New York State Court of Claims

New York State Court of Claims

CHARLEMAGNE v. THE STATE OF NEW YORK, #2003-016-031, Claim No. 107201, Motion No. M-66424


Synopsis



Case Information

UID:
2003-016-031
Claimant(s):
ESTEBAN CHARLEMAGNE
Claimant short name:
CHARLEMAGNE
Footnote (claimant name) :

Defendant(s):
THE STATE OF NEW YORK
Footnote (defendant name) :

Third-party claimant(s):

Third-party defendant(s):

Claim number(s):
107201
Motion number(s):
M-66424
Cross-motion number(s):

Judge:
Alan C. Marin
Claimant's attorney:
Esteban Charlemagne
Defendant's attorney:
Eliot Spitzer, Attorney GeneralBy: Joseph F. Romani, AAG
Third-party defendant's attorney:

Signature date:
April 9, 2003
City:
New York
Comments:

Official citation:

Appellate results:

See also (multicaptioned case)



Decision

This is claimant's motion to strike defendant's answer. In the underlying claim, Mr. Charlemagne alleges that because of defendant's negligence, he slipped and fell in a shower at Woodbourne Correctional Facility. He also complains of the medical treatment he received thereafter. As to defendant's answers to the numbered paragraphs of the claim, Charlemagne has provided no basis for striking such. As to defendant's affirmative defenses, they are: (1) lack of jurisdiction because of failure to file the claim; (2) failure to state a cause of action against the State; (3) and (4) failure to comply with the particularity requirements of §11 of the Court of Claims Act; (5) privileged discretionary acts; (6) culpable conduct including assumption of risk by claimant; and (7) negligence of third parties.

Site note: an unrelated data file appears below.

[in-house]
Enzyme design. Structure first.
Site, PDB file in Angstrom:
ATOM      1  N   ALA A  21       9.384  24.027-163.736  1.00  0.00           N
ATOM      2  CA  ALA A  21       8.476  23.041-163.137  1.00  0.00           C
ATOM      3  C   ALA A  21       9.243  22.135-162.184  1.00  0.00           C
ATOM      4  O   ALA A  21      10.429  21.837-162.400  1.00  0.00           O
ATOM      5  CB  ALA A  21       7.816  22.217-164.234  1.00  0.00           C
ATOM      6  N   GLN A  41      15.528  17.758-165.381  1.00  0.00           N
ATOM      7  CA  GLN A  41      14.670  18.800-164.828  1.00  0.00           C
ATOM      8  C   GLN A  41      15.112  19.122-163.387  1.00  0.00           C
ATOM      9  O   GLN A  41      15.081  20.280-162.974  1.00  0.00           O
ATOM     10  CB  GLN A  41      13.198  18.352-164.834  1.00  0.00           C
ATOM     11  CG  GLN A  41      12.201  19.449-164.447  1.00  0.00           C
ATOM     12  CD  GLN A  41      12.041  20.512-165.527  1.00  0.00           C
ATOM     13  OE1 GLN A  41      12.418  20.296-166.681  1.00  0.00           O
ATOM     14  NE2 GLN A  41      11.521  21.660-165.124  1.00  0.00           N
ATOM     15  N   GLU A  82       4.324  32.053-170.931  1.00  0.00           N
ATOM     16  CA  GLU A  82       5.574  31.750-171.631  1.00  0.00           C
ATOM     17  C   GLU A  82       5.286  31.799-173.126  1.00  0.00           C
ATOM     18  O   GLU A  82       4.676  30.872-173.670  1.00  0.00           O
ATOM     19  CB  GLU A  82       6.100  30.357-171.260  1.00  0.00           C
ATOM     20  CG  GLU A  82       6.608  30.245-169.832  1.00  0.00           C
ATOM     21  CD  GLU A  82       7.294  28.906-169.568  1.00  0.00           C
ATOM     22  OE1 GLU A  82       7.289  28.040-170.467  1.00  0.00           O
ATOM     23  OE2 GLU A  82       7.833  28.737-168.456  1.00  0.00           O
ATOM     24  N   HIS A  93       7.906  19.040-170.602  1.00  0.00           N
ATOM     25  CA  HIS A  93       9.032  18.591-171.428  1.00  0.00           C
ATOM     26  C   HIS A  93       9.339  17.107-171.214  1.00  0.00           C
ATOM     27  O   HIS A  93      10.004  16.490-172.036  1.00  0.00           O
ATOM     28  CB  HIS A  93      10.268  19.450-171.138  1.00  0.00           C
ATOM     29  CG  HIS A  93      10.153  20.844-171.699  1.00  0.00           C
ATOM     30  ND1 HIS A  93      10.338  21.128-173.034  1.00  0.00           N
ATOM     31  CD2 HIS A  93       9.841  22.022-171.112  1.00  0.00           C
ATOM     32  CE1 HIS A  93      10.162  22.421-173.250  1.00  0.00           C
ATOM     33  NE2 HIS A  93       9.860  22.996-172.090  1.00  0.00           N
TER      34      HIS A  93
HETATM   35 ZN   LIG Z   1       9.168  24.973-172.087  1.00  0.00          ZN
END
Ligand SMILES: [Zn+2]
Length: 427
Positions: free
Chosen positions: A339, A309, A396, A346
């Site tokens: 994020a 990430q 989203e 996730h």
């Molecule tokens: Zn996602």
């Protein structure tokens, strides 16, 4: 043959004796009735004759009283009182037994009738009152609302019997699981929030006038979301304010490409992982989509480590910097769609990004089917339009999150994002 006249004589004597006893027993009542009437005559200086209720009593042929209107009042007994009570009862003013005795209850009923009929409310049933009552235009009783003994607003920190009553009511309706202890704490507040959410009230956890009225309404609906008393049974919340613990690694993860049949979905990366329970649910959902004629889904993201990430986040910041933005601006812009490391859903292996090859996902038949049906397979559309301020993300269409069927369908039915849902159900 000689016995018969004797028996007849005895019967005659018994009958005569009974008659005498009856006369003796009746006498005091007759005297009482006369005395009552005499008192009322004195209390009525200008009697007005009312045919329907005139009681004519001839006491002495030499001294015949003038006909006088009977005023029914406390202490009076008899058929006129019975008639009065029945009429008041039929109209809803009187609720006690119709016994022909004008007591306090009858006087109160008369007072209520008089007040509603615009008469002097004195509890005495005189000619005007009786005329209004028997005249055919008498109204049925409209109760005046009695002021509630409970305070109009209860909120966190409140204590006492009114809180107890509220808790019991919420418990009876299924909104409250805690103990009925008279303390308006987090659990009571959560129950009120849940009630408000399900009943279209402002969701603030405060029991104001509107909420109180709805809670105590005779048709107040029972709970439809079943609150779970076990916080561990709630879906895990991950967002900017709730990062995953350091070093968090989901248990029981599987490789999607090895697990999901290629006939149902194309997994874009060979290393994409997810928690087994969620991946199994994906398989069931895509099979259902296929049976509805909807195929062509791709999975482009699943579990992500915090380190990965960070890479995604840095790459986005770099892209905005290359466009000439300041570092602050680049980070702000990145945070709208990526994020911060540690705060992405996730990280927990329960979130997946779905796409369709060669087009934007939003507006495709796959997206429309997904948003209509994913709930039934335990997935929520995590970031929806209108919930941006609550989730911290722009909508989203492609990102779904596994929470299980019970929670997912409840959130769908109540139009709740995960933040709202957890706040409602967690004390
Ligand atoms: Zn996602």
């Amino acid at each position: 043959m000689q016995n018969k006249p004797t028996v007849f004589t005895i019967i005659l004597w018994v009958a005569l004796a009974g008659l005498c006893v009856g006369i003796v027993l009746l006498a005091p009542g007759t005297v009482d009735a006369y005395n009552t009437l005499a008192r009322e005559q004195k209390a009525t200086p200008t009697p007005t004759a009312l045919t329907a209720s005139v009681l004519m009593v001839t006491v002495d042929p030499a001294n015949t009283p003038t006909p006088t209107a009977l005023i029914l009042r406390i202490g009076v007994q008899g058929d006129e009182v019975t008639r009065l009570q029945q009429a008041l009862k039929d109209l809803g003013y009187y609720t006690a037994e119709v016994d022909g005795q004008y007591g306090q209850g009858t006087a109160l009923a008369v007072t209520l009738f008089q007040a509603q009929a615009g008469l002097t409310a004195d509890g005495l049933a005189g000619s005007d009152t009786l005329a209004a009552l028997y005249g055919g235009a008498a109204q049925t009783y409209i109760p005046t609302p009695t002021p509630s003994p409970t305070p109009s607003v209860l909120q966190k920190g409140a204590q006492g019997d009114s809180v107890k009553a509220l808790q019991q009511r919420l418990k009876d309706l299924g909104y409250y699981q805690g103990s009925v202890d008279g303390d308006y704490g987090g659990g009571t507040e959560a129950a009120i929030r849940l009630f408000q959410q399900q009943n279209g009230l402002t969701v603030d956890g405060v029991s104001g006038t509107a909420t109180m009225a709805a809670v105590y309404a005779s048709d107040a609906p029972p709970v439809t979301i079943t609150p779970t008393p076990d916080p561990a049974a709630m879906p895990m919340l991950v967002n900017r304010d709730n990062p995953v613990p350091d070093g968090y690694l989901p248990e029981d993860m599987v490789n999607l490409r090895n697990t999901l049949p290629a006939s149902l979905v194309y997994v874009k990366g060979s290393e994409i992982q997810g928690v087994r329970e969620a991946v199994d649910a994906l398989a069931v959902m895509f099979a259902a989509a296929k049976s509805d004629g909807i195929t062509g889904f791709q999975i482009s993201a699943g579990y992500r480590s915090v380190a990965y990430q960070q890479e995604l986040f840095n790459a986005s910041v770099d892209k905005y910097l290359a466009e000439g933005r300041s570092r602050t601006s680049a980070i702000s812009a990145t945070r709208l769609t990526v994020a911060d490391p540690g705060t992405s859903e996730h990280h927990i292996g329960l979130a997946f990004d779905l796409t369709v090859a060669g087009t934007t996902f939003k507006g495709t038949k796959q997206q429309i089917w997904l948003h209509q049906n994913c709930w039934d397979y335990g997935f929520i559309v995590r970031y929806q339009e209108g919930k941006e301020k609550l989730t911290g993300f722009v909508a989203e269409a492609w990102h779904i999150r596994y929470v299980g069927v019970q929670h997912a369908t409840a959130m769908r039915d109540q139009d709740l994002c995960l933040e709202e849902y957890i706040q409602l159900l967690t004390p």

With regard to the first affirmative defense, defendant states that at the time it served and filed its answer, it was under the impression that claimant had failed to file his claim. Defendant further states that it is now aware that claimant did in fact file the claim on January 15, 2003, and it thus withdraws the first affirmative defense. See the February 19, 2003 affirmation of Joseph F. Romani.

With regard to the remaining affirmative defenses, they are not dispositive of Charlemagne's claim. Like the allegations in the claim itself, they are merely assertions made by a party. No prejudice has been identified by claimant which would warrant striking such affirmative defenses. See, e.g., 5 Weinstein-Korn-Miller, NY Civ Prac ¶3018.14 at 30-410.

Accordingly, having reviewed the parties' submissions[1], IT IS ORDERED that motion no. M-66424 be denied.



April 9, 2003
New York, New York

HON. ALAN C. MARIN
Judge of the Court of Claims




  1. [1]Along with the pleadings, the following were reviewed: claimant's notice of motion with affidavit in support and defendant's affirmation in opposition.